A widespread misconception about the mitzva of Arba Minim is that we perform the mitzva by SHAKING the Lulav and Etrog. This is not true. The Torah states (Vayikra 23:40) “On the first day of sukkot, you shall TAKE the fruit of the beautiful tree and a palm branch .... and rejoice before the Lord your God”. The mitzva is simply to take the Lulav (and not to shake it). By the very act of PICKING UP the Lulav and Etrog, I have already performed the mitzva.

(NB - Taking it to shul in a container does not constitute the mitzva, since it must be performed ‘bederech kavod’; in a dignified way (O.CH 651:6) and having the Arba Minim in a box is not a dignified taking).


This definition of the mitzva provides a serious halachik difficulty as regards the recitation of the bracha on the Lulav.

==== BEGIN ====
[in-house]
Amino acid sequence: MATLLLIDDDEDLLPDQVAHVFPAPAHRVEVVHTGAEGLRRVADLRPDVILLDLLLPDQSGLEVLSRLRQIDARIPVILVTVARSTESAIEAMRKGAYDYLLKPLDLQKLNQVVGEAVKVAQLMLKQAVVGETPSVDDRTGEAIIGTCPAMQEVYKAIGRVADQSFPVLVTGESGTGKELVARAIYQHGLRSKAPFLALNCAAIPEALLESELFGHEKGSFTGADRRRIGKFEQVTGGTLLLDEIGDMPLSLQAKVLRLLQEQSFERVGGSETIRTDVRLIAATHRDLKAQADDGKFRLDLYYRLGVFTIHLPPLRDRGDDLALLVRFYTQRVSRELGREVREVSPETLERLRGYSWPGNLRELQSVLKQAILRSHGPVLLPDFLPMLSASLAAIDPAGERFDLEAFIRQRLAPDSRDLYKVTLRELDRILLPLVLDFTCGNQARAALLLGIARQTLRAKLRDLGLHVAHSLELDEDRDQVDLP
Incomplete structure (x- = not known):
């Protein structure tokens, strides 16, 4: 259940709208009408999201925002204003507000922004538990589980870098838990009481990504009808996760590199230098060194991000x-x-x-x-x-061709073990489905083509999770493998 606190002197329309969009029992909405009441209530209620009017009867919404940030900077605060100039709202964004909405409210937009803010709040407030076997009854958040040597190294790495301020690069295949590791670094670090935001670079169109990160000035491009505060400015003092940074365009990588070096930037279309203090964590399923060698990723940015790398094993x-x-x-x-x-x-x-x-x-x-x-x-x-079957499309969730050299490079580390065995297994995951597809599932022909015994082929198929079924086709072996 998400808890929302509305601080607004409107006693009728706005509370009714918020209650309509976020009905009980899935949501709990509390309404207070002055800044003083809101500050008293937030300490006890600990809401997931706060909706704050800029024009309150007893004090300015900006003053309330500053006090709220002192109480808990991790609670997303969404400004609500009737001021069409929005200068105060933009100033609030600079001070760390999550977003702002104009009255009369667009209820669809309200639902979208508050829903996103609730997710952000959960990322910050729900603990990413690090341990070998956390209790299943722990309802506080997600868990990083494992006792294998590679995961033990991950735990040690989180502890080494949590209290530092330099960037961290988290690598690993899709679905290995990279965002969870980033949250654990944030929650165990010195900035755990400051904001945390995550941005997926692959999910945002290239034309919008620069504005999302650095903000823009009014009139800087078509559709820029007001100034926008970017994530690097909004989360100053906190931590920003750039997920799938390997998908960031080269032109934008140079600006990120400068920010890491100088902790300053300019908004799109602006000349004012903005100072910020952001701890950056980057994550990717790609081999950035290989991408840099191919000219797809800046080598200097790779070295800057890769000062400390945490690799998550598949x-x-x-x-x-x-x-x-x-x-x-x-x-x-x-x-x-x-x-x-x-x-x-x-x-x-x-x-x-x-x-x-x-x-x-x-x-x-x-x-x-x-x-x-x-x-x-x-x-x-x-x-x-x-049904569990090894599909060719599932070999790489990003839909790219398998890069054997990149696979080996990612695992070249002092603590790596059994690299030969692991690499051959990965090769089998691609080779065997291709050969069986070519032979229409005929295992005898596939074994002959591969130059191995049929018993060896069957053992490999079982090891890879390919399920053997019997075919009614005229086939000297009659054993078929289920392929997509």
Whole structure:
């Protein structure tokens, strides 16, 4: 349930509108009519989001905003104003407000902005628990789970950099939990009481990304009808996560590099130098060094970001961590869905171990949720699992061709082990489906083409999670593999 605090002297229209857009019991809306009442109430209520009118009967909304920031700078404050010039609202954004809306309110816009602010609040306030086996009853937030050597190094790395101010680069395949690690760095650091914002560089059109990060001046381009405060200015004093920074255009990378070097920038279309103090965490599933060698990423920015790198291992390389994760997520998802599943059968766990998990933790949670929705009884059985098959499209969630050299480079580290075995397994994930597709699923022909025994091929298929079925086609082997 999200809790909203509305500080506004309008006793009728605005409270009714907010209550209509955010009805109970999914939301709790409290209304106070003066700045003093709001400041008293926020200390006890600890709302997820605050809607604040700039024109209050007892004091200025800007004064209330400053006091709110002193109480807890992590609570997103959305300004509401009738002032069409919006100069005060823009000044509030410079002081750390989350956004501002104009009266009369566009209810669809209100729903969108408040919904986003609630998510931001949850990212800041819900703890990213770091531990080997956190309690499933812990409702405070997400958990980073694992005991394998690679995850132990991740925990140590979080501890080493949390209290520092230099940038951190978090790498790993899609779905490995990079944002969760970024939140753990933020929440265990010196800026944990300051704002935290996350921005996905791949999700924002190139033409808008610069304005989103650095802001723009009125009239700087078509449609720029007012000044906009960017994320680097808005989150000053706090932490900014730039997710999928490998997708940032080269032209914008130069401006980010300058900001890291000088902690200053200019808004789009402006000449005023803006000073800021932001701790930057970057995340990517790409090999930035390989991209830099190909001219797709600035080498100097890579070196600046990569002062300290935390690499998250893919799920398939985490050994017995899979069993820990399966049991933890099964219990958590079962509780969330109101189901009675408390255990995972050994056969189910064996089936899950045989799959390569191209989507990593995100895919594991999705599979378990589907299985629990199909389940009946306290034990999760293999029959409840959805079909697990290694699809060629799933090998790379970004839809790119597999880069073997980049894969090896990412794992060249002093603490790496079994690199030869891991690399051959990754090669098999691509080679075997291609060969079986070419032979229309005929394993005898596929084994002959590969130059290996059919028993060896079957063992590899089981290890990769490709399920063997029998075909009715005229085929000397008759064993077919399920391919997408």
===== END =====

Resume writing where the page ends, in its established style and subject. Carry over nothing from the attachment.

There is a general principle of Brachot: A bracha must directly precede the action that it is being recited for, in the most immediate manner (Sukka 39a). This is the rule of “oveir le’assiatan”- that the bracha must be recited at the moment of performance of the mitzva or act concerned. An example would be a bracha for food. We hold the food in our hand and make the bracha and then immediately take our first taste of the food. The action should follow on smoothly from the bracha.

How does this work with Arba Minim? If I say the bracha without holding the Arba Minim, I will not be able to follow the brach with immediate performance of the mitzva. It frequently takes a while to get organised with the Lulav and Etrog. By the time we put down our machzor from the bracha and pick up the Lulav and Etrog from their respective boxes, we have already seperated the bracha from the mitzva by a significant pause!